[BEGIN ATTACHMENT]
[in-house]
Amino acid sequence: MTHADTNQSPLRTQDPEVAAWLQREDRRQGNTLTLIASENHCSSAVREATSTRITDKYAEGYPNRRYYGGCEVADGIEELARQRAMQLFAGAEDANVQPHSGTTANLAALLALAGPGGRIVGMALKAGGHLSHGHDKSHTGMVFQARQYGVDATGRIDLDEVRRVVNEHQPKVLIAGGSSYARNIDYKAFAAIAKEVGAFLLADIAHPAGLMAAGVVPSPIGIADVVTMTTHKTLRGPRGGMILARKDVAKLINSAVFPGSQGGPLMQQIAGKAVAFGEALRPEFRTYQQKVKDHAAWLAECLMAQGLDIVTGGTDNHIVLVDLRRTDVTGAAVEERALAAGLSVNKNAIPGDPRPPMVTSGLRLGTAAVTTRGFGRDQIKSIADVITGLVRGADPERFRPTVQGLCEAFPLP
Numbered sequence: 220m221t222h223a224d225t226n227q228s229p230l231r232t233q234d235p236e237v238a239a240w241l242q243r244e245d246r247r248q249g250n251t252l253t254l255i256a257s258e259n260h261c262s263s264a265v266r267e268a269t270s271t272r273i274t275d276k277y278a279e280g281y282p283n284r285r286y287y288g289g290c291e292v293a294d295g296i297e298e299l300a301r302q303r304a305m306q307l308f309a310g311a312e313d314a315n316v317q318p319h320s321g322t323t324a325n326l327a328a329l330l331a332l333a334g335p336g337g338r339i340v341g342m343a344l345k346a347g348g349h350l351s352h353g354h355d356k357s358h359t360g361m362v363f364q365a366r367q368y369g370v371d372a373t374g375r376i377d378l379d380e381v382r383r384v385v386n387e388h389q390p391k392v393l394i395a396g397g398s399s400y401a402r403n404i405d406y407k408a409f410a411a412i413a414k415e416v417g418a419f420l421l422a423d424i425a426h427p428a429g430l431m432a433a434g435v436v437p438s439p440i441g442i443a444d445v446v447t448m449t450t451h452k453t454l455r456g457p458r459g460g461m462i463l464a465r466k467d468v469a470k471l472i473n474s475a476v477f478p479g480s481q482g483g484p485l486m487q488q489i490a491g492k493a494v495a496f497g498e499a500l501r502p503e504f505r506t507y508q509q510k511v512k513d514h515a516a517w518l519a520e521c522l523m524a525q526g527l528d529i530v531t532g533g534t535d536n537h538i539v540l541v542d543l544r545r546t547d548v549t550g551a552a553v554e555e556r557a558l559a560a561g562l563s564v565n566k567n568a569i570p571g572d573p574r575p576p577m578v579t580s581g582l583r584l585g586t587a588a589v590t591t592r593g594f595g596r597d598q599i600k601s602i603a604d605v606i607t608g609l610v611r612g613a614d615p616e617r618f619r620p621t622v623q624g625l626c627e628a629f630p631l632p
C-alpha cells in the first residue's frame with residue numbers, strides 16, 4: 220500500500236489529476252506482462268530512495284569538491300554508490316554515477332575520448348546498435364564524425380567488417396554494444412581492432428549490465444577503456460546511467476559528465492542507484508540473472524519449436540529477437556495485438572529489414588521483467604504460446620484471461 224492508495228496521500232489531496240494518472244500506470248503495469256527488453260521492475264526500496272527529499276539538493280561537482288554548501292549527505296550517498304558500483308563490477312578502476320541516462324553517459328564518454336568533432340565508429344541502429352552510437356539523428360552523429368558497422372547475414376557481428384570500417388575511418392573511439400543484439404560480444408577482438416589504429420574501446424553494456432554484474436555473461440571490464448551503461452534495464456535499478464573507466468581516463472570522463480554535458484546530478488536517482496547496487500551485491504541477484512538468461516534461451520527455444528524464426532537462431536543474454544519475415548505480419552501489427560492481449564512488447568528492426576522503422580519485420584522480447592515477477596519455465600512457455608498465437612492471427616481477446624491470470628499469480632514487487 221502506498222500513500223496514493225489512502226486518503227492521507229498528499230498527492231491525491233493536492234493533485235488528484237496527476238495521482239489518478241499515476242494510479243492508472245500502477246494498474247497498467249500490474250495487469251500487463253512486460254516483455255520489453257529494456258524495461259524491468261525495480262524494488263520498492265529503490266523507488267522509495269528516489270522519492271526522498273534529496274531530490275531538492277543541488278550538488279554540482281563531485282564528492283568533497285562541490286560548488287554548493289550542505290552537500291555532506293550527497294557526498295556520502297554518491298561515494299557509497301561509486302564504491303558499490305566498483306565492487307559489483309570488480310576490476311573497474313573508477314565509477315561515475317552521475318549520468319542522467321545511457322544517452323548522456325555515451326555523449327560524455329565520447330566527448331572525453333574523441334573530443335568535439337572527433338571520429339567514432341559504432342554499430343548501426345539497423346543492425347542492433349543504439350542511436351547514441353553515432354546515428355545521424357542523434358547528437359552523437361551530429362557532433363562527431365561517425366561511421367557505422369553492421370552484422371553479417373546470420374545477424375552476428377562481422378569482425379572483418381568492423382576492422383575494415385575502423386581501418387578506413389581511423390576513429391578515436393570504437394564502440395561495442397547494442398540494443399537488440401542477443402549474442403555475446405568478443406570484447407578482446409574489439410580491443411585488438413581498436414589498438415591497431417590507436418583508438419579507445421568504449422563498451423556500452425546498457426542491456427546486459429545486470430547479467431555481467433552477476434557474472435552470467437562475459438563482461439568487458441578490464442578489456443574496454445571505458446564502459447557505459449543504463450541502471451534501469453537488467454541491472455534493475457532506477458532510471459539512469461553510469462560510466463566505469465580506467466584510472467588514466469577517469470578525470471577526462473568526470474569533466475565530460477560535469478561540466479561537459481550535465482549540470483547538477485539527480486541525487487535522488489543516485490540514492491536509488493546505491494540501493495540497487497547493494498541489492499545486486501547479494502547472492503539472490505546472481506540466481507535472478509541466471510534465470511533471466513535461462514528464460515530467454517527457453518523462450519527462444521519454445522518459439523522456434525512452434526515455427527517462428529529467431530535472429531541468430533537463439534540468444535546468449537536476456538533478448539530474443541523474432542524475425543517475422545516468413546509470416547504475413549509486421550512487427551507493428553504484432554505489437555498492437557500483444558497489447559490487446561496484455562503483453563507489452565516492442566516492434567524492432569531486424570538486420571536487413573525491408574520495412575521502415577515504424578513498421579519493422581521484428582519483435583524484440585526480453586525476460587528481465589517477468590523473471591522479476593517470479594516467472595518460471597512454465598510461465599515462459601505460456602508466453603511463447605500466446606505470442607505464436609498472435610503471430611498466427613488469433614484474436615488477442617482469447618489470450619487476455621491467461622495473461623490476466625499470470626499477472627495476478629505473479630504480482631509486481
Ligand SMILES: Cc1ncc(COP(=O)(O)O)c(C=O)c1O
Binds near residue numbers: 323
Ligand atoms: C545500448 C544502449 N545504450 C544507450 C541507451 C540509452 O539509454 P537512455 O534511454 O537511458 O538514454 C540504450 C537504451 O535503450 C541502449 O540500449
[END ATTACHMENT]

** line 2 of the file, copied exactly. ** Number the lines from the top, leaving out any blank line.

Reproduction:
Amino acid sequence: MTHADTNQSPLRTQDPEVAAWLQREDRRQGNTLTLIASENHCSSAVREATSTRITDKYAEGYPNRRYYGGCEVADGIEELARQRAMQLFAGAEDANVQPHSGTTANLAALLALAGPGGRIVGMALKAGGHLSHGHDKSHTGMVFQARQYGVDATGRIDLDEVRRVVNEHQPKVLIAGGSSYARNIDYKAFAAIAKEVGAFLLADIAHPAGLMAAGVVPSPIGIADVVTMTTHKTLRGPRGGMILARKDVAKLINSAVFPGSQGGPLMQQIAGKAVAFGEALRPEFRTYQQKVKDHAAWLAECLMAQGLDIVTGGTDNHIVLVDLRRTDVTGAAVEERALAAGLSVNKNAIPGDPRPPMVTSGLRLGTAAVTTRGFGRDQIKSIADVITGLVRGADPERFRPTVQGLCEAFPLP